It’s like the Guess Who is out there playing and making “new” music.  Gary Peterson, the drummer, is original and the other four guys have nothing to with the original Guess Who.  Yet they’re out there singing “American Woman” and all the other hits and some people have no clue that these are not the Guess Who!  And, if you go on Spotify, it will mention their new album! 

I don’t know how these folks can look at themselves in the mirror when they know they’re imposters for people who wrote and performed the originals. Call yourselves a tribute band but don’t use the original name when you were never there.  I’m guessing Peterson must own the rights to the name but in the case of the Grass Roots, it must be some management company that does.  Throw some folks out there and call them the Grass Roots.

On the other side, it’s nice to see Aerosmith with all original members (less Joey Kramer who isn’t up to it) planning a farewell tour along with the Black Crowes opening!

Jim Culveyhouse

It’s getting tougher and tougher to catch some of the bands we grew up loving and listening to with original members these days.  Seems a week doesn’t go by without us having to run another obituary or two … or three.

In a case like The Grass Roots, lead vocalist Rob Grill (who owned the rights to the name) passed away.  What do you do when the other key members from the hits years just don’t want anything to do with their legacy anymore?  Guitarist Creed Bratton went on to enjoy quite a bit of notoriety as a cast member of “The Office” … and continues to record to this day as a solo artist (with virtually no recognition) … but had no interest in rekindling his past.  Warren Entner, the other lead vocalist in the band, who traded off with Grill on many of their biggest hits, also had no interest in revisiting what had gone down before.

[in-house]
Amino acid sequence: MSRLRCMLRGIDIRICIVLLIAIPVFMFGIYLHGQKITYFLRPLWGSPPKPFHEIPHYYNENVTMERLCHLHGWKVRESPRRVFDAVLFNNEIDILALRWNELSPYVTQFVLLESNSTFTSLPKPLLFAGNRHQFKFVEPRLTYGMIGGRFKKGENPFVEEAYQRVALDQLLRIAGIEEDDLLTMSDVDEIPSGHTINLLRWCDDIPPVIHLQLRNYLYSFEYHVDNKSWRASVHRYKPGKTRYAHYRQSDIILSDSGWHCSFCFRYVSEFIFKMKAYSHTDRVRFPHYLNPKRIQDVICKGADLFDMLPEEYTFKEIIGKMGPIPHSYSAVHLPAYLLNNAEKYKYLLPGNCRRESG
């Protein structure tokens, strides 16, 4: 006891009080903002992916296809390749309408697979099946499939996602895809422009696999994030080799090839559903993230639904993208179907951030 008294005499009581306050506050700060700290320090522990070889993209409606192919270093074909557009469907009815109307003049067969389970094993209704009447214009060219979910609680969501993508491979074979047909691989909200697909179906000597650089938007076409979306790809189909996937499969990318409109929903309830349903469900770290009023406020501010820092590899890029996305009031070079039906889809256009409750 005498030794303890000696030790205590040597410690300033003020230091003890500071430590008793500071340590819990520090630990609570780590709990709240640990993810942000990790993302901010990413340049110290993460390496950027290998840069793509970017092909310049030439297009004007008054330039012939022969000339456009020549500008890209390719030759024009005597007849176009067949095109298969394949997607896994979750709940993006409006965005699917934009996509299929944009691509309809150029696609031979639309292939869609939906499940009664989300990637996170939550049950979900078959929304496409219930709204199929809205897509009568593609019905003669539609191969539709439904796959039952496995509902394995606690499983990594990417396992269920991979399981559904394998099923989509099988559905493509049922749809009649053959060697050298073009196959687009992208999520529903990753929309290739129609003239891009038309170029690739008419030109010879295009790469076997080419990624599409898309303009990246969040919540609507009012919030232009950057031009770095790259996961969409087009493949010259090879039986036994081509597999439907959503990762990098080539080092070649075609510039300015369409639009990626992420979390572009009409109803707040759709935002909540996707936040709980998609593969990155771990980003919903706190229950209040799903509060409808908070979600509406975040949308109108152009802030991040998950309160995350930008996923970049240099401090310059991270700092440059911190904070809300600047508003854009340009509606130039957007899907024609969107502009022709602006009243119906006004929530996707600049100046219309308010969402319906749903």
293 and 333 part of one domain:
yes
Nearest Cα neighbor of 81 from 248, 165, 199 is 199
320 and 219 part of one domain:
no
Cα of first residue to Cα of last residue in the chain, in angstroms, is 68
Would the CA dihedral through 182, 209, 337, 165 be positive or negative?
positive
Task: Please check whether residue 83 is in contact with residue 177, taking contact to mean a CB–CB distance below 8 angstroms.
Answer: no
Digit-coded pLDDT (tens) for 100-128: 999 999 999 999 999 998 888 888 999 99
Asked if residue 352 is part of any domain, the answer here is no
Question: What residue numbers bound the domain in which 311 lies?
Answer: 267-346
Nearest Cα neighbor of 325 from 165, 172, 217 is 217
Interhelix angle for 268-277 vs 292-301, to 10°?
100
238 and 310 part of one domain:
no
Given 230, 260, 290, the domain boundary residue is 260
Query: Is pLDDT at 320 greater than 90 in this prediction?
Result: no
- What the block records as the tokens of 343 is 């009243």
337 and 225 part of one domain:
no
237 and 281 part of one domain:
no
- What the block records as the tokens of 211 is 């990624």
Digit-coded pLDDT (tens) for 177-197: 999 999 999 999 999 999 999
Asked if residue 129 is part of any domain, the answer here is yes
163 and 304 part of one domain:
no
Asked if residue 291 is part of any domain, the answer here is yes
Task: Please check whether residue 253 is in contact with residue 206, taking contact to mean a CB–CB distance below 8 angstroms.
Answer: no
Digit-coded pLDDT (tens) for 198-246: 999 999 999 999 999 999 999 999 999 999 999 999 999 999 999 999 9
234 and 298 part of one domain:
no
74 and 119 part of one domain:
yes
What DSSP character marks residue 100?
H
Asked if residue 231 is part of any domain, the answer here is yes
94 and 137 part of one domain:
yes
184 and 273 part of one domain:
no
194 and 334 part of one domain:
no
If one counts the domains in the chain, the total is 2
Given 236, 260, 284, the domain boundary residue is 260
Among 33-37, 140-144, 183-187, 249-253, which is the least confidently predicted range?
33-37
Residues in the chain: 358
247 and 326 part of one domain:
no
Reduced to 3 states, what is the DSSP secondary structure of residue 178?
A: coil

Latter day members of The Grass Roots like Dusty Hanvey, Larry Nelson and Joe Dougherty continue to entertain fans today with lead singer Mark Dawson and do a very proud and pleasing tribute to the music The Grass Roots created over the years.  (Hanvey, Nelson and Dougherty have all been members of the group for over FORTY YEARS!!!  If THAT doesn’t make them bona fide members of the band at this point, I don’t know to say!)  They lovingly and faithfully perform the hits the way you want to hear them.  (Grill’s wife, who inherited the name when he passed, asked them to please continue to keep this music alive … and I suppose it helps to provide some income to her as well.  Dawson was recruited in 2008 and he's been their lead singer ever since.)